for us to take pix (his idea - and I'm sure he knew the café owner),
and later at a spot where ancient pilgrims on their way to Mecca
carved writing in stone. We stopped for lunch at a little dive in
Taba, and while the driver left, supposedly to do something with our
names and passport numbers, we walked down an alley to the beach - and
sat by and waded in the Gulf of Aqaba, with Jordan and Saudi Arabia in

I mean - I was standing in the Gulf of Aqaba!!  Maybe nobody gets as
excited as Tracy and I do about these things.  We walked back after
half an hour and each had a HUGE lunch - huge plate of Egyptian rice,
baladi bread and tahina, 3 different types of fried fish, plus a bowl
of salad - each! And the tomatoes must taste very good here, because
I'm eating them, and I don't think it's just because I'm in Egypt. We
couldn't finish it all.

Back on the road we drove back out of Taba, away from Saudi Arabia and
Jordan views, and turned inland on the upper highway crossing the
center of Sinai - yet another view of the peninsula. First was a
winding poorly paved road through a very narrow canyon - through more
jagged harsh mountains - I've just run out of words to describe this
country - I give up. See my pictures when I get them downloaded.

We emerged from this canyon onto a high desert - and a thick
sandstorm. Which lasted only a mile and we drove obviously onto
heavier sand which didn't blow. All kinds of desert we passed: flat,
absolutely flat, as far as the eye could see; hills, mountains. Herds
of goats, scattered camels, some of them loaded, but just grazing with
no Bedouins in sight. We passed a herd of goats tended by a few women;
they were dressed all in black except for their faces - which they
covered with a veil (except for their eyes) when we passed.

Out in the middle of nowhere in the light sandstorm would be a police
checkpoint - and a mosque (or a gas station and a mosque). Said would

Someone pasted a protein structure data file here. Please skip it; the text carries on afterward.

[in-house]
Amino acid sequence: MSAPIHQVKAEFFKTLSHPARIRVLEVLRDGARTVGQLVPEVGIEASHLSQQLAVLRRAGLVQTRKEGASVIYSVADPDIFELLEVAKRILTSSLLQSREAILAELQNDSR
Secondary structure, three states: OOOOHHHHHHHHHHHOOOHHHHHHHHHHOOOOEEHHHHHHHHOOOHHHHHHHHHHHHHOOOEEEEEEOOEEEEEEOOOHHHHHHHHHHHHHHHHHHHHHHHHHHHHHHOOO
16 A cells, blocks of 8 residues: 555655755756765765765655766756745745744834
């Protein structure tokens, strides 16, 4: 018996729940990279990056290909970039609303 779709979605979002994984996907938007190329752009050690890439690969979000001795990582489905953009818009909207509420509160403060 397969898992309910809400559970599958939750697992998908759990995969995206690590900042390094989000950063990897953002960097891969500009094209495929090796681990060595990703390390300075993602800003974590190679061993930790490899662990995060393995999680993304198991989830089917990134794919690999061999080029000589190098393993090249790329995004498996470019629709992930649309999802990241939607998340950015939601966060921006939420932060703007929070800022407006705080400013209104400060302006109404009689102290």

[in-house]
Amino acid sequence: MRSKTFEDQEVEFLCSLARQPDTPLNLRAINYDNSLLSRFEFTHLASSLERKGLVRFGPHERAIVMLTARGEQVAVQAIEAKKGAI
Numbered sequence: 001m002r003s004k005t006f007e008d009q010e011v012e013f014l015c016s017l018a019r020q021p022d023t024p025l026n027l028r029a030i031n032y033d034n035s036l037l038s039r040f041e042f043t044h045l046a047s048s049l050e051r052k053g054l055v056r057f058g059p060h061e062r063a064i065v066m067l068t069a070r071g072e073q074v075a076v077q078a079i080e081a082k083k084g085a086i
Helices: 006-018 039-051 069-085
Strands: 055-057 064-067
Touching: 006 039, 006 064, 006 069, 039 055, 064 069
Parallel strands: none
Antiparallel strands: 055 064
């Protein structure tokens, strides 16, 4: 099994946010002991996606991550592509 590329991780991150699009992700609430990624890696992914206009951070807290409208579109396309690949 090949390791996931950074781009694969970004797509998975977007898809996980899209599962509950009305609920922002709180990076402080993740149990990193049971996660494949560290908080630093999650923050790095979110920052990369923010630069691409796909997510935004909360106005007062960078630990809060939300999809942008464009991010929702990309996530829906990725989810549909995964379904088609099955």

stop, shake hands, and hand the guys a newspaper. We passed a little
Peugeot-like car stuffed with people, with the top of the car
overloaded with boxes, suitcases, TVs - like that IKEA VW commercial
on TV. The 2nd car like that we passed - guess what. Said knew
them. Having taxi'd all around this area for 23 years, he knows a lot
of people.

He pulled beside them (yes we're going about 110 km/hr, luckily not a
lot of traffic) and waved and honked; they waved and honked. 2 or 3
flashed especially big grins and waved at us. They were Egyptian men
returning from working in Jordan. Said let them pass us, and we passed
them again, and there were our new friends, grinning and waving
heartily. I said "Tracy, they love you!"  T "That's why I'm keeping my
head down. Boy, if I had a big ego, I'd be really happy here!"

I felt a little safer with this driver - until Hortense said he was
getting sleepy. This must be an Egyptian man driver thing? So she
climbed in the front seat and kept him talking - all the way 3 hours
to Cairo. She later said "I ran out of things to say!  Every little
bird or camel or hut I saw I'd ask him about it. He started just
grunting answers, so then I got him to talk about his family."

Hortense saves our lives again. Not only did we enjoy her company but
it was so handy being with an Arabic speaker. Gives you a huge mental
cushion of comfort.

A couple of places Said hit the brakes: drifting sand on the
road. "Black ice in the Sinai," said Tracy. We crossed under the Suez
canal again (!!) and emerged into a full-on sandstorm. Wind, blowing
sand, low clouds - and sprinkles! Oh dear, this looked serious (We
heard later the airport was closed) - this could mean my dream of
galloping in the desert just may not happen this trip.

But oh well! I wouldn't have traded away anything I did. If it's meant
to be it will be, and if it doesn't happen it wasn't meant to be.

The closer we got to Cairo, the traffic picked up, and Said found the
REAL gas pedal, and he scared the s**t out of me several times and I
wasn't even looking. I was thinking about how nice a good shower and
HAIR WASH would feel at MA's (I am NOT travelling with long hair
again), but after a few near sideswipes and scary swerves, I amended
that to thinking it sure would be nice just to GET to MA's.

We crossed the Nile into Giza, and suddenly the 3 great Pyramids pop
up right there on the edge of the country where the desert starts -
how fantastic, I think every time - does anybody ever get used to that

We did get to MA's at 5:30, and what a wonderful reception we got from
all our friends: 25 leaping bouncing yipping ecstatic wagging happy
dog tails, 2 cats 2 turtles 3 goats and a camel. Or - I'm not sure,
maybe I was really tired and some of that was a desert mirage. The
shower felt great and the cold beer went down well.

MA's son Nadim and his girlfriend Vanessa (just returned after Nadim's
job in Cyprus ended) came over, and we had a great meal of chili and
fuul. Then Nadim, Vanessa, Tracy and I walked in the cool damp evening
(felt so nice!!)  to Morad and Hortense's house. They were having a
minor party and some seriously fierce soccer X-Box games. I only kept
my eyes open for an hour before I had to slip home.

the best is yet to come :)

===========================================================Prudence and focus 
will carry you a long way on a horse.
~  Frank Solano